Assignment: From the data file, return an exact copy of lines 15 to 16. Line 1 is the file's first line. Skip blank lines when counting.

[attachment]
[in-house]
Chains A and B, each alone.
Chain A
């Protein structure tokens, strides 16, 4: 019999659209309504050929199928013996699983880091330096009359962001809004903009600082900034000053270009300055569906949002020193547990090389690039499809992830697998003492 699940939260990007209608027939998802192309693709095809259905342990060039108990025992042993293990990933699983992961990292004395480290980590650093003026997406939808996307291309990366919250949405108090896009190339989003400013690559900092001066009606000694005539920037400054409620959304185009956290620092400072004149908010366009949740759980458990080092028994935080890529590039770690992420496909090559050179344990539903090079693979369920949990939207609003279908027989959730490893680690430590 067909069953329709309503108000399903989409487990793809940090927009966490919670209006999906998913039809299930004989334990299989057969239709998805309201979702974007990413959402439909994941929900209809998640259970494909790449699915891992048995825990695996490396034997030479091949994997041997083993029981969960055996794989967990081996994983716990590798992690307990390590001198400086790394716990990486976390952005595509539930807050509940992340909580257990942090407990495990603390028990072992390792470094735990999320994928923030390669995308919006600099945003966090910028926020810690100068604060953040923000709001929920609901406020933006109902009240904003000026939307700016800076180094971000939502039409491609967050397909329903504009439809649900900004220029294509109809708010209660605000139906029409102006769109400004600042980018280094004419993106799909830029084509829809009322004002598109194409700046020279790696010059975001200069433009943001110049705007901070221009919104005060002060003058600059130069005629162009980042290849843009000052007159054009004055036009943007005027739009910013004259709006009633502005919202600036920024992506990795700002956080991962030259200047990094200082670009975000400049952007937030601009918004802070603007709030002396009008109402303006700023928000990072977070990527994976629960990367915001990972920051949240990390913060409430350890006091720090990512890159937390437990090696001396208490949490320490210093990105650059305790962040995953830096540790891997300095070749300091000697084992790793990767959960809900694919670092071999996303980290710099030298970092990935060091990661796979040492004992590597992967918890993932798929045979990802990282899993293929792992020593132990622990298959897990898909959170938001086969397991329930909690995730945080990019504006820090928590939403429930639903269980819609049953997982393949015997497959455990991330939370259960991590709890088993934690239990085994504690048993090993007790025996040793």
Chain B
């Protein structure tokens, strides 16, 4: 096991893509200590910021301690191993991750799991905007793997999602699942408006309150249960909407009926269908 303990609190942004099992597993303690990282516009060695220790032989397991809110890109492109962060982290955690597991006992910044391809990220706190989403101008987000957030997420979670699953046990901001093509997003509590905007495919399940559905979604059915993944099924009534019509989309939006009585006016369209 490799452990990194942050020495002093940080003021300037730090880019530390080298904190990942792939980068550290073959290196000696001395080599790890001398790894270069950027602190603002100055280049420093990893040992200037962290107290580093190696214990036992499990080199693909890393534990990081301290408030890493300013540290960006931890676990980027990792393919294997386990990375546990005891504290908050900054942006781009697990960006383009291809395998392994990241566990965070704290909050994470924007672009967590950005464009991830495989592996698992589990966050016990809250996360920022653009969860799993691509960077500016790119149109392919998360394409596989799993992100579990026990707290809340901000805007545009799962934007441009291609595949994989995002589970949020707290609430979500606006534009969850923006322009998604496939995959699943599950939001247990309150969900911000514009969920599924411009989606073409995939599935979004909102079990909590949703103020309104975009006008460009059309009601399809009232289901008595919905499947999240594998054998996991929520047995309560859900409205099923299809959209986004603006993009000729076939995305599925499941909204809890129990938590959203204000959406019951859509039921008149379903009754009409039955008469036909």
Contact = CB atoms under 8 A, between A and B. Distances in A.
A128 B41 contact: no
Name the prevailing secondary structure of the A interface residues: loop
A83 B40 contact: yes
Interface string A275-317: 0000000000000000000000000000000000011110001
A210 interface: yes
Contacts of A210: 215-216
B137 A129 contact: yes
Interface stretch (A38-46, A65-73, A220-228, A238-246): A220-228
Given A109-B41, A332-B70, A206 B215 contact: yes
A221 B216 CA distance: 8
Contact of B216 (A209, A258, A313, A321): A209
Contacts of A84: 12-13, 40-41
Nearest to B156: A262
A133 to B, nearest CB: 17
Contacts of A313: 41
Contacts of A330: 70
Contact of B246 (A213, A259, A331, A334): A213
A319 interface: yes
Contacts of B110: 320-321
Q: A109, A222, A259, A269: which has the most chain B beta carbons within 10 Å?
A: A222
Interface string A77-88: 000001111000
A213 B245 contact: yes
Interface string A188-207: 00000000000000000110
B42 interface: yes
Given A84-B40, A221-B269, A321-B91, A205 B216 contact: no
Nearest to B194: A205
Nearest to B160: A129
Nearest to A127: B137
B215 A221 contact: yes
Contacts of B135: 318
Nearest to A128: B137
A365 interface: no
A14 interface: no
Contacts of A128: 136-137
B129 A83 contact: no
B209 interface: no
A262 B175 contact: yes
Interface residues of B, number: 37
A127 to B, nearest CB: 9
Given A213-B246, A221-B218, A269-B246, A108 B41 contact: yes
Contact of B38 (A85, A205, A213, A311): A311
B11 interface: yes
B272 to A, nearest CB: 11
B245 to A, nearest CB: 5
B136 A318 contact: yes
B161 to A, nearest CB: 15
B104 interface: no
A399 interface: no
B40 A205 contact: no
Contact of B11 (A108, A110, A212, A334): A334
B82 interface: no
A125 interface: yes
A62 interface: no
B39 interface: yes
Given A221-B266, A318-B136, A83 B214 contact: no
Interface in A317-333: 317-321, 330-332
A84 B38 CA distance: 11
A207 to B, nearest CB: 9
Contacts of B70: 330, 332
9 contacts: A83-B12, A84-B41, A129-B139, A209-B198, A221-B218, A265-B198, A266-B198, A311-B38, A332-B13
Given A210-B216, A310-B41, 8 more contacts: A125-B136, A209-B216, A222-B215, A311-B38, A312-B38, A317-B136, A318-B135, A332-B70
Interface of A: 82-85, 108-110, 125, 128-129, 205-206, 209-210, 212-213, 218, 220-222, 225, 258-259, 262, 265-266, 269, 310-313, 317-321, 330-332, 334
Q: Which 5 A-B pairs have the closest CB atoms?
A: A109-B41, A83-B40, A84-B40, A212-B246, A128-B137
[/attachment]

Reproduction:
Interface stretch (A38-46, A65-73, A220-228, A238-246): A220-228
Given A109-B41, A332-B70, A206 B215 contact: yes